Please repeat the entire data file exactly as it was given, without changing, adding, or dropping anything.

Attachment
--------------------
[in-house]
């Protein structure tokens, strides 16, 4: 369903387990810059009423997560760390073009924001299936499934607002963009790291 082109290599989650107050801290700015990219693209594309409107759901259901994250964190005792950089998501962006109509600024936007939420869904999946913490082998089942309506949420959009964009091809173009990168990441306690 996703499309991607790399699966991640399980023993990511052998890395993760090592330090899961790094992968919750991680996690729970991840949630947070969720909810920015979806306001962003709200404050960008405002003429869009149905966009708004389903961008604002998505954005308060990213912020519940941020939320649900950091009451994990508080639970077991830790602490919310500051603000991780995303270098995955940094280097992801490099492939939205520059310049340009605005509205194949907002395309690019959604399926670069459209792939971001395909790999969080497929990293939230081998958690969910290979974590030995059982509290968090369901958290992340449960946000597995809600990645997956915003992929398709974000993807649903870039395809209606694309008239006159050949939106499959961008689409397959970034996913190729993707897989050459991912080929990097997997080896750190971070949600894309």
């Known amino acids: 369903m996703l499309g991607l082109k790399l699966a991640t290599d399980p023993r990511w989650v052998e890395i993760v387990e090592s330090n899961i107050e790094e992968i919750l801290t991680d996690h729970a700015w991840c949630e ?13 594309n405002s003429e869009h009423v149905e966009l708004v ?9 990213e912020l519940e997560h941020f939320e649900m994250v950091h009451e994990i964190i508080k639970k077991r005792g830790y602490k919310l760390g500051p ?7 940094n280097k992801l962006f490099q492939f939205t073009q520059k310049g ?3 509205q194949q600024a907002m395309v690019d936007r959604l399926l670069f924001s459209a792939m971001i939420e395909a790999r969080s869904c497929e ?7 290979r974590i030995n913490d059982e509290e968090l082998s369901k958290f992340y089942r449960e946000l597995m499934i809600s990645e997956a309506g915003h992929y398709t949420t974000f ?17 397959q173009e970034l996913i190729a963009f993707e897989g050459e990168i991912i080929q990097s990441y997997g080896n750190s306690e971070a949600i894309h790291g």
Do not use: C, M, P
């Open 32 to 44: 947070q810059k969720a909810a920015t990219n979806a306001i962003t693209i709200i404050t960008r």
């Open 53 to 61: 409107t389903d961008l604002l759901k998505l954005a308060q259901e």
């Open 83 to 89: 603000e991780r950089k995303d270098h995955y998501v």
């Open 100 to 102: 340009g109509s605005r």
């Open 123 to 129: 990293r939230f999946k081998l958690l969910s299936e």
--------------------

[in-house]
């Protein structure tokens, strides 16, 4: 369903387990810059009423997560760390073009924001299936499934607002963009790291 082109290599989650107050801290700015990219693209594309409107759901259901994250964190005792950089998501962006109509600024936007939420869904999946913490082998089942309506949420959009964009091809173009990168990441306690 996703499309991607790399699966991640399980023993990511052998890395993760090592330090899961790094992968919750991680996690729970991840949630947070969720909810920015979806306001962003709200404050960008405002003429869009149905966009708004389903961008604002998505954005308060990213912020519940941020939320649900950091009451994990508080639970077991830790602490919310500051603000991780995303270098995955940094280097992801490099492939939205520059310049340009605005509205194949907002395309690019959604399926670069459209792939971001395909790999969080497929990293939230081998958690969910290979974590030995059982509290968090369901958290992340449960946000597995809600990645997956915003992929398709974000993807649903870039395809209606694309008239006159050949939106499959961008689409397959970034996913190729993707897989050459991912080929990097997997080896750190971070949600894309």
């Known amino acids: 369903m996703l499309g991607l082109k790399l699966a991640t290599d399980p023993r990511w989650v052998e890395i993760v387990e090592s330090n899961i107050e790094e992968i919750l801290t991680d996690h729970a700015w991840c949630e ?13 594309n405002s003429e869009h009423v149905e966009l708004v ?9 990213e912020l519940e997560h941020f939320e649900m994250v950091h009451e994990i964190i508080k639970k077991r005792g830790y602490k919310l760390g500051p ?7 940094n280097k992801l962006f490099q492939f939205t073009q520059k310049g ?3 509205q194949q600024a907002m395309v690019d936007r959604l399926l670069f924001s459209a792939m971001i939420e395909a790999r969080s869904c497929e ?7 290979r974590i030995n913490d059982e509290e968090l082998s369901k958290f992340y089942r449960e946000l597995m499934i809600s990645e997956a309506g915003h992929y398709t949420t974000f ?17 397959q173009e970034l996913i190729a963009f993707e897989g050459e990168i991912i080929q990097s990441y997997g080896n750190s306690e971070a949600i894309h790291g």
Do not use: C, M, P
């Open 32 to 44: 947070q810059k969720a909810a920015t990219n979806a306001i962003t693209i709200i404050t960008r």
């Open 53 to 61: 409107t389903d961008l604002l759901k998505l954005a308060q259901e």
């Open 83 to 89: 603000e991780r950089k995303d270098h995955y998501v």
């Open 100 to 102: 340009g109509s605005r």
């Open 123 to 129: 990293r939230f999946k081998l958690l969910s299936e």